So normally I am pretty good about backing things up. You know, burning a CD here and there of important stuff can be all the difference between having what you need and losing something important. Well, about two years ago, I slipped. For about one month, I did not backup. I paid for it dearly. My kids were here visiting for that month, and I had all the digital pictures for that month on my Linspire hard drive. I got distracted, and did not do my backups, or even copy files between me and Emmy which we often do.
One day, as my computer was booting, it told me Smart had detected my hard drive was failing, please replace it as soon as possible. I thought,”Oh crap!” I then proceeded to see if it would boot. It didn’t. It could not mount the partition that had all my data. I was running a Linux distro called Linspire. They use what is called Reiserfs for a file system. At the time, I had No clue on how to go about rescuing anything on the hard drive. So I stuck it away, and every once in awhile look at it and think,”I wish I could rescue my stuff off that drive.” 🙁 I even thought about tossing the drive at one point figuring it was shot.
Recently, I have started playing with other versions of Linux again. Nothing against Linspire, in fact, I really think Linspire is a nice easy version of Linux.. In fact, to easy. I got lazy, and was not learning how to do a lot of the stuff I was once learning so quickly.. In fact, I found myself forgetting a lot of what I had known about linux at one point. You see, I have been using Linux to one extent or another since 94 or 95. My father and I setup a Slackware server that we used at our office, and one that we used at home so Emmy and I could both play our favorite MUD through one dialup internet connection. Anyways, as you can imagine, over the years, I have played with Linux a lot.. but never completely figured it out. So I am learning new and interesting things about it all the time.
Well, recently, I finally stumbled across something mentioning how to go about recovering stuff from a partition that has become corrupted. I thought,”Ah ha! I bet I can use this to save those photos and stuff I lost a couple of years ago!” So I went searching for more info. If you read that other article, you might think,”What else ya need to know? That seems to cover it pretty good!” Well, I have always been the type who would rather be overly informed. With the photos and stuff on that drive, I have always kinda thought, when I try to recover that stuff, I need to get it right the first time, cause that drive will die about the time I plug it back into my computer.
So anyways, I decided to go research a bit, and went looking for more information. I found such articles as this and this. Finally, I stumbled across this blog. At this point, I started feeling like I had a chance of actually rescuing my precious pictures. So I started reading about dd_rescue. I am now running Mepis 6 Linux. Which is based on Ubuntu. So the directions that I found seemed fairly useful and complete.
So I dug out that old drive. It is an old Western Digital 40 Gig drive. Nothing special, and at this time, almost worthless, except for the data on it. The data, like I said before, is priceless to me. Anyways, when it first started failing and I could not get it to boot, I just took it out of the computer and stuck it away in my desk. It has not been fired up since. So I took it out, hooked it up as a slave in line with my main 120gig Mepis Drive. I then ran dd_rescue on it using the command:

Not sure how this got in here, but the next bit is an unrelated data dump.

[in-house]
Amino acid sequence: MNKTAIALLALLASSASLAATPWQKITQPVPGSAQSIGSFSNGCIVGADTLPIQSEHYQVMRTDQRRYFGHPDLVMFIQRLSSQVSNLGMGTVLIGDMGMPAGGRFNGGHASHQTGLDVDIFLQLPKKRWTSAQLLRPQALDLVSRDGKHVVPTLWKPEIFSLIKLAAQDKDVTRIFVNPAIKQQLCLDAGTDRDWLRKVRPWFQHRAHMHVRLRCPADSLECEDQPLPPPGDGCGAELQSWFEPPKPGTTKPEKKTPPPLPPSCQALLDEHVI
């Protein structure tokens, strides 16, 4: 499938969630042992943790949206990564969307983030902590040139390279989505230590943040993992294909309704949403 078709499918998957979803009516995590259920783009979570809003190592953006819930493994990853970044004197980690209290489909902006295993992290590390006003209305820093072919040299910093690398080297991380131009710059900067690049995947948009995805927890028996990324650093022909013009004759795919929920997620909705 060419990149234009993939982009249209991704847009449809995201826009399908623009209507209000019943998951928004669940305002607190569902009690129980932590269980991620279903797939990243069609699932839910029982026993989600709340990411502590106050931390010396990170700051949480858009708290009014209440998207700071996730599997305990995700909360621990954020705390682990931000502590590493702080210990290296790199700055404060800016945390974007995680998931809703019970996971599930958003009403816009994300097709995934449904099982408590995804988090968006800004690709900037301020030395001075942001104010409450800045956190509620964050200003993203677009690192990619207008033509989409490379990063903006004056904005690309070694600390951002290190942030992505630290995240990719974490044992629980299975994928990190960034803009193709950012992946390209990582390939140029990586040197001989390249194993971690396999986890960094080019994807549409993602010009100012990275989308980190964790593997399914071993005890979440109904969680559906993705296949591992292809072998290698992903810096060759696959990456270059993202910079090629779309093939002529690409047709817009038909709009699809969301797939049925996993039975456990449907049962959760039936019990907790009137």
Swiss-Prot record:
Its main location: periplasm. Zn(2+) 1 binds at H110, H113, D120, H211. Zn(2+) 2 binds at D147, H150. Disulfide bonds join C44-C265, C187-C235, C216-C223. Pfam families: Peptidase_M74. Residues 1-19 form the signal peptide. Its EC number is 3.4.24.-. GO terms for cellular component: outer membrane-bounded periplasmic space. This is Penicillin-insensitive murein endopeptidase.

dd_rescue /dev/hdb3 /home/mine/Backups/linspire.img
At first, it barely seemed to be doing anything.. Some numbers come up on the screen, but it kept stopping for long periods of time.. At first I thought the drive was so far gone that it was dying in process, after all, that is basically what kept happening when I tried to mount it. So I actually stopped it after about 10 minutes because I was convinced it was not working. Then I checked the linspire.img file, and what do you know, it was over 2 mb big. That does not seem like a big deal, but was 2mb of that stuff I did not have before. It let me know it was doing something! So I reran the same command again, and let it go. I soon came to realize that it was going through sector by sector and writing all the data it could get to the linspire.img file. Everytime it got to an error, it would pause a while and try to read it. As it got further in, it started to speed up a bit. By the time it was done, I think it took like 14-16 hours to recover the 37 gig partition. I had over 4000 errors, and the 37 gig partition was only 36 something now. However, I followed the instructions on the Ubuntu Blog, the only difference being, since I am in Mepis, and not Ubuntu, I was able to just su over to the root account and just run all those commands nice and easy instead of of sudoing them. Not a big deal, but my preference. By the time it was done, I actually recovered the pictures! In fact, the ones I was most worried about was our Canoe Trip down the Weeki Wachee River.
Here is a picture of 3 of my favorite people in the world from that trip!
I am so thrilled I have finally managed to recover the stuff off this drive, and at this point, I have a backup of the entire thing! So even though the drive has now pretty much completely failed, I can pull whatever I want whenever I want from my backup img. I love Linux! I dunno how many times I lost small amounts of data because of MS Windows! Remember, always backup your data regularly, and if you can, use Linux and other MS alternatives. Firefox is a great place to start!